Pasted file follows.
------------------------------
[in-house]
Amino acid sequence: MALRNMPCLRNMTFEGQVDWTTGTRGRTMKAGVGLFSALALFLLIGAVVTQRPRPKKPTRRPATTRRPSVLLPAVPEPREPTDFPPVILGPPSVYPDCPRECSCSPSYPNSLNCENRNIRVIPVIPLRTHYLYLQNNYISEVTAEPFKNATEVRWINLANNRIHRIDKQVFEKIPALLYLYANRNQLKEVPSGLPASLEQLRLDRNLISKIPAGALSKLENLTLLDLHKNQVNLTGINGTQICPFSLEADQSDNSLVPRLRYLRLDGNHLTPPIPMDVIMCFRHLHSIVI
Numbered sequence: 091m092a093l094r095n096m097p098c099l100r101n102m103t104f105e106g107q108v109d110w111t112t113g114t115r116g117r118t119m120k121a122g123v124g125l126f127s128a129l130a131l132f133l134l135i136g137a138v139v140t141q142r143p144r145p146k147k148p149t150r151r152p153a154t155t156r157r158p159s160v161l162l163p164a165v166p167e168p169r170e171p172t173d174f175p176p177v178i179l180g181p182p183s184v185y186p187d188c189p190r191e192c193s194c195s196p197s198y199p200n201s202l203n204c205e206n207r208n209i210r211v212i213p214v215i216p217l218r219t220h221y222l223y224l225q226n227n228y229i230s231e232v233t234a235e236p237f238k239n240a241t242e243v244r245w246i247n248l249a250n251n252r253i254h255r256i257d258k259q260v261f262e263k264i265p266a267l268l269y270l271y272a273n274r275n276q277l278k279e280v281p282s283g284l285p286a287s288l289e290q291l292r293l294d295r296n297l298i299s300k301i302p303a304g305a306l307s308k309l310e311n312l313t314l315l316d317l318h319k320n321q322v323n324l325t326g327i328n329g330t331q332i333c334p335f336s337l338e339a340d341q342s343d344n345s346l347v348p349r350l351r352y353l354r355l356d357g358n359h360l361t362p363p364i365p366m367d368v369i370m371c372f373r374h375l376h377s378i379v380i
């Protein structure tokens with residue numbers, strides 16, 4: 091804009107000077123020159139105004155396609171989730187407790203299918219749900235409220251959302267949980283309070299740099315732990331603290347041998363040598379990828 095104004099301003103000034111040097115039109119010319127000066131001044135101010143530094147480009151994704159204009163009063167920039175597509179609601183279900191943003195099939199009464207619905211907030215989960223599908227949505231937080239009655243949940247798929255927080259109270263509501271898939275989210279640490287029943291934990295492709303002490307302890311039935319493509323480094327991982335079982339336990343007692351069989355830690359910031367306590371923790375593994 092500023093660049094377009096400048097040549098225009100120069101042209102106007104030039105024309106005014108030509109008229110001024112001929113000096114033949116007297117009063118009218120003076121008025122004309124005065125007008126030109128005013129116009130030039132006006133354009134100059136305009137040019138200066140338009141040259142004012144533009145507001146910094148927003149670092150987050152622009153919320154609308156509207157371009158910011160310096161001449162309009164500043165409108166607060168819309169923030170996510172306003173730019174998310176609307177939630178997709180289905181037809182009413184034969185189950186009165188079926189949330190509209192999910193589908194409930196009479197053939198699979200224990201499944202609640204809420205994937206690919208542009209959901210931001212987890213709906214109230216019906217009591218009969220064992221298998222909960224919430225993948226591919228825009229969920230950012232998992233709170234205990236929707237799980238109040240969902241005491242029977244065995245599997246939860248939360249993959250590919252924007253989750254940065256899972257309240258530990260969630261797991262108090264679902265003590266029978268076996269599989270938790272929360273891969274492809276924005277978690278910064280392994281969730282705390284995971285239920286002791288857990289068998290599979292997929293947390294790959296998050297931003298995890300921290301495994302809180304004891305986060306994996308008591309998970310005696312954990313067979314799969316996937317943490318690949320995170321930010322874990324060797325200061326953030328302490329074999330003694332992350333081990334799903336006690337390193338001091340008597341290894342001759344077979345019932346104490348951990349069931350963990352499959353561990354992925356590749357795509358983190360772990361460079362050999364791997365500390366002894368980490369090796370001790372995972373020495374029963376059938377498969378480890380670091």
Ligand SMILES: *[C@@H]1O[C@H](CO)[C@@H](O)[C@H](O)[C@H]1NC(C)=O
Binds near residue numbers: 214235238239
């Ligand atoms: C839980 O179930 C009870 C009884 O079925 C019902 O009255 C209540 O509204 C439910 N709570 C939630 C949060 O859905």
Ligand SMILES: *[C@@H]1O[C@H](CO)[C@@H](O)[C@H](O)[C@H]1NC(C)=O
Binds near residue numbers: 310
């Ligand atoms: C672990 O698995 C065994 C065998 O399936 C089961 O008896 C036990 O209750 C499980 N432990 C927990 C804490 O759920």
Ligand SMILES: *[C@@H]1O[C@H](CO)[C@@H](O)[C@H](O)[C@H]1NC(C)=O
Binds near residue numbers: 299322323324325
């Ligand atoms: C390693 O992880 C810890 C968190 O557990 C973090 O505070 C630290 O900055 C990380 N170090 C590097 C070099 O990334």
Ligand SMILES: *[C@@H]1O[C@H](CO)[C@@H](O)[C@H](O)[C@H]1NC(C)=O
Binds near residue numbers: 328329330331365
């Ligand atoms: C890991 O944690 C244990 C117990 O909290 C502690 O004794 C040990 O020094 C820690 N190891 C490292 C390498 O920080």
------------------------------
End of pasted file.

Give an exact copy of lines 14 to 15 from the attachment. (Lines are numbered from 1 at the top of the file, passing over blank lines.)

Ligand SMILES: *[C@@H]1O[C@H](CO)[C@@H](O)[C@H](O)[C@H]1NC(C)=O
Binds near residue numbers: 328329330331365